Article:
The American Age: United States Foreign Policy at Home and Abroad

By Walter Lafeber | Go to book overview

5
The Climax of Early U.S. Foreign
Policy: The Civil War (1850-1865)

FOREIGN POLICY AS A CAUSE
OF THE CIVIL WAR

American expansion accelerated after 1815. It seemed out of control by 1850. The new Democratic president, Franklin Pierce, candidly declared in his 1853 inaugural address that "my administration will not be controlled by any timid forebodings of evil from expansion." Pierce had been elected on a platform that embodied Manifest Destiny. It termed the Mexican War "just and necessary." George Sanders, a Kentucky politician, caught perfectly the spirit of the age: Americans "are booted and spurred, and are panting for conquest." 1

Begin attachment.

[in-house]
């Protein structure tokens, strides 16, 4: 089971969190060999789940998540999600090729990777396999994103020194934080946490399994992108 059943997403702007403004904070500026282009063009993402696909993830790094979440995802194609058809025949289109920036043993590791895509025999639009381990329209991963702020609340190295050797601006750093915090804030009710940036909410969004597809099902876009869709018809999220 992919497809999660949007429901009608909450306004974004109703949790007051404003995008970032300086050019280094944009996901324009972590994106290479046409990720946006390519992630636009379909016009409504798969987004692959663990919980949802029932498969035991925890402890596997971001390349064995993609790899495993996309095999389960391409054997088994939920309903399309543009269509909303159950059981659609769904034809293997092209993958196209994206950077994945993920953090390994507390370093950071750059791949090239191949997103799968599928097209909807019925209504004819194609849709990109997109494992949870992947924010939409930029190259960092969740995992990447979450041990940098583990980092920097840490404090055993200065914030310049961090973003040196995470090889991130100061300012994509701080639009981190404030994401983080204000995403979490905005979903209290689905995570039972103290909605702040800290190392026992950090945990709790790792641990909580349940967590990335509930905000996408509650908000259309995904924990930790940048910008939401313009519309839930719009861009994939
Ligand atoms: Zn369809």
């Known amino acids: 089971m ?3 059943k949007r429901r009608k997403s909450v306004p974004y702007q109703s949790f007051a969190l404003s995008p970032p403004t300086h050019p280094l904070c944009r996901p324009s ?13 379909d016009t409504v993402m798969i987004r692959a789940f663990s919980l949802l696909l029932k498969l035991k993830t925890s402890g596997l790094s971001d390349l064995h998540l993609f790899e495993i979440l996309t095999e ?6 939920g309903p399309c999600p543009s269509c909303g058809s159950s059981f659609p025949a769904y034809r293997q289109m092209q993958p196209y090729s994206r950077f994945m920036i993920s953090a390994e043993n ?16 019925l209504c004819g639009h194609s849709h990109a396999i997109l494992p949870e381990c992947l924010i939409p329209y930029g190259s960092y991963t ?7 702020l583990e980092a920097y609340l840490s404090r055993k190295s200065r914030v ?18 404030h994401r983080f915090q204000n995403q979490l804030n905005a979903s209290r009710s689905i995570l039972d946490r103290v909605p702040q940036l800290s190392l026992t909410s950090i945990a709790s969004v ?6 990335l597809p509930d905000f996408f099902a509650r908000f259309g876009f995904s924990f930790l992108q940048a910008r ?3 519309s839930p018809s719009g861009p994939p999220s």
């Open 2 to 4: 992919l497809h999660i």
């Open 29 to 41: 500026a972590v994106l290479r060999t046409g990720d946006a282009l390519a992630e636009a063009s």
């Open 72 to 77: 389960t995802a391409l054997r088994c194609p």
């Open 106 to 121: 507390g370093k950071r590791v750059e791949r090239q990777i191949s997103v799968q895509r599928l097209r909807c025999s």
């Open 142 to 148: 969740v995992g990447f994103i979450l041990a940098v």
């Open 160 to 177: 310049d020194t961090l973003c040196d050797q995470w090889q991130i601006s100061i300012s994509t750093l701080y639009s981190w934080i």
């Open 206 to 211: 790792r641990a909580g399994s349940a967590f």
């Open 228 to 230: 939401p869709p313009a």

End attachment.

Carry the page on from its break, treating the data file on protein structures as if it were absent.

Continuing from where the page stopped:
The Civil War logically climaxed post-1815 expansionism and the fragmentation of the United States. But it was also part of larger changes in the Western world. Europe endured an era of revolution between 1789 and 1850. Modern industrial capitalism and middle-class society were born amid the rubble of old classes overwhelmed by the new forces. This birth, moreover, was made more painful because large numbers of common people became active political participants for the first time, both in the United States and in western Europe. Many of these people were also caught up in mass migrations that shocked and transformed many parts of the world. 2 The United States especially experienced the astonishing effects of the immigration. Between 1820

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